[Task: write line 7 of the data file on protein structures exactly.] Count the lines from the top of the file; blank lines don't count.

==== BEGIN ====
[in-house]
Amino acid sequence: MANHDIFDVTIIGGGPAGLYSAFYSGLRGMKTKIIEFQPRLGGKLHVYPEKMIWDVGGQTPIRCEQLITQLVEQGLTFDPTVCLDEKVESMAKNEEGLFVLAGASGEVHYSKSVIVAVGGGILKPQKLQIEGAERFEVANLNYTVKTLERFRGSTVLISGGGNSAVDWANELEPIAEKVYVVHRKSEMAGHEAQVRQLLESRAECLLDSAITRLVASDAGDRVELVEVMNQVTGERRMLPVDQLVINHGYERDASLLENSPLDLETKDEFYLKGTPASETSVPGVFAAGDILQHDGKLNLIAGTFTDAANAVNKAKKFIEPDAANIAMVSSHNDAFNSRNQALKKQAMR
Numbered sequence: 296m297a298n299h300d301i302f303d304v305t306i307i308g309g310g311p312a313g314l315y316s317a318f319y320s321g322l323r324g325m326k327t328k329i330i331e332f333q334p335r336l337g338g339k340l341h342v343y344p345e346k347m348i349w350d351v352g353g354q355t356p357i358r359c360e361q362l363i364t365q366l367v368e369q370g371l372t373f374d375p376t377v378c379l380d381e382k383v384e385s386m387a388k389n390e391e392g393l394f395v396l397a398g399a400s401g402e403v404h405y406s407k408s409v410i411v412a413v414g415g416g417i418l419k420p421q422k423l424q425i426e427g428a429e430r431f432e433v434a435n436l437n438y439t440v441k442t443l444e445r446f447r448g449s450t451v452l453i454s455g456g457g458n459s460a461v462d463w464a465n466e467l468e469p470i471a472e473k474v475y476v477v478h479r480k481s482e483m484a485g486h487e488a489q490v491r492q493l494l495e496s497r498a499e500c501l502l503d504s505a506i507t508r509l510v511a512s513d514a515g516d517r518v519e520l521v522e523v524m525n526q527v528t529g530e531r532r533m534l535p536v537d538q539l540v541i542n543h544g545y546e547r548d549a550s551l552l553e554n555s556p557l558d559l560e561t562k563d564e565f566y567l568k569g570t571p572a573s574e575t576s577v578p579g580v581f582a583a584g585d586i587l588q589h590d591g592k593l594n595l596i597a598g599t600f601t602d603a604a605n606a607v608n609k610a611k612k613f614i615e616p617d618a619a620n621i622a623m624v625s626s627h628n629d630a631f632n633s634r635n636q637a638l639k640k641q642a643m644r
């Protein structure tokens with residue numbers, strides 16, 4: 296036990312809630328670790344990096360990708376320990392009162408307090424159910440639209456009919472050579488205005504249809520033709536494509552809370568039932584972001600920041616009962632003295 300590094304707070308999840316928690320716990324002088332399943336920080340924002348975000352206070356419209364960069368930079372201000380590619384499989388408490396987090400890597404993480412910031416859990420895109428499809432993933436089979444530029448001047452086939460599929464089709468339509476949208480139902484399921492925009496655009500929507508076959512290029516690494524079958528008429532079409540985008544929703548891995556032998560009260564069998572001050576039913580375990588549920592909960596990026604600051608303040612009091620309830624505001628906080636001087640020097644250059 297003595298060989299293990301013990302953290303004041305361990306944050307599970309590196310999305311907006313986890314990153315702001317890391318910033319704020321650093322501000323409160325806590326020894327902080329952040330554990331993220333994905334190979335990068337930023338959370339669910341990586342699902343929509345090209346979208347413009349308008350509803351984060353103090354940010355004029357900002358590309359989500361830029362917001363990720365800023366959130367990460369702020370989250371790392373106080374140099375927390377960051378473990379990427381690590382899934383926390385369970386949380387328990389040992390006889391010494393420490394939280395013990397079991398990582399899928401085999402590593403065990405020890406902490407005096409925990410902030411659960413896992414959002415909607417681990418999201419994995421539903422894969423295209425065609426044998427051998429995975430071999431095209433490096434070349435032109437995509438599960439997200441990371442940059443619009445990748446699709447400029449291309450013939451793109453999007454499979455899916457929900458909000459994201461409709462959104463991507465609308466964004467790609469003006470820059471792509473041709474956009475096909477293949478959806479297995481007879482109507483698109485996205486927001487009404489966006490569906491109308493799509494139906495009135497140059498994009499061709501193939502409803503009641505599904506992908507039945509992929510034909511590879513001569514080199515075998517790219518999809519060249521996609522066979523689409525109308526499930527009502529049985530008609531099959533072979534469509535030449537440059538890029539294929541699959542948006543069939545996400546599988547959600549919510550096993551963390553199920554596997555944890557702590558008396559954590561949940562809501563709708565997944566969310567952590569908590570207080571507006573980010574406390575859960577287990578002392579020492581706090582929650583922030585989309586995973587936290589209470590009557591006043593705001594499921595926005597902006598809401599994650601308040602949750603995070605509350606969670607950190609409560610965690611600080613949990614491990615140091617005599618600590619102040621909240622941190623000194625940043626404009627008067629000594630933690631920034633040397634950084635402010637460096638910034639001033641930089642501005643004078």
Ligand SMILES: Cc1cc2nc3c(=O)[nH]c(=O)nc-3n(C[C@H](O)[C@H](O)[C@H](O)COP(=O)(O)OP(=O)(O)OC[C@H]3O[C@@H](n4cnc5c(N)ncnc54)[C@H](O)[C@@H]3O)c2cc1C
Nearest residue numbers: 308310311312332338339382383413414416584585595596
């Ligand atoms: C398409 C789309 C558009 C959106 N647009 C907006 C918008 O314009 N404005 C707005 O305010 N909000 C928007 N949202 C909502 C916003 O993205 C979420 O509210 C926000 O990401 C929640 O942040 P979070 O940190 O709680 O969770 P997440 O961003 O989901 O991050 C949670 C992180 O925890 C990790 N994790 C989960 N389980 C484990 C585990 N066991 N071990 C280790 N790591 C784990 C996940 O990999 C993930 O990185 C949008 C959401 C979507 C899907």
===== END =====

């Ligand atoms: C398409 C789309 C558009 C959106 N647009 C907006 C918008 O314009 N404005 C707005 O305010 N909000 C928007 N949202 C909502 C916003 O993205 C979420 O509210 C926000 O990401 C929640 O942040 P979070 O940190 O709680 O969770 P997440 O961003 O989901 O991050 C949670 C992180 O925890 C990790 N994790 C989960 N389980 C484990 C585990 N066991 N071990 C280790 N790591 C784990 C996940 O990999 C993930 O990185 C949008 C959401 C979507 C899907």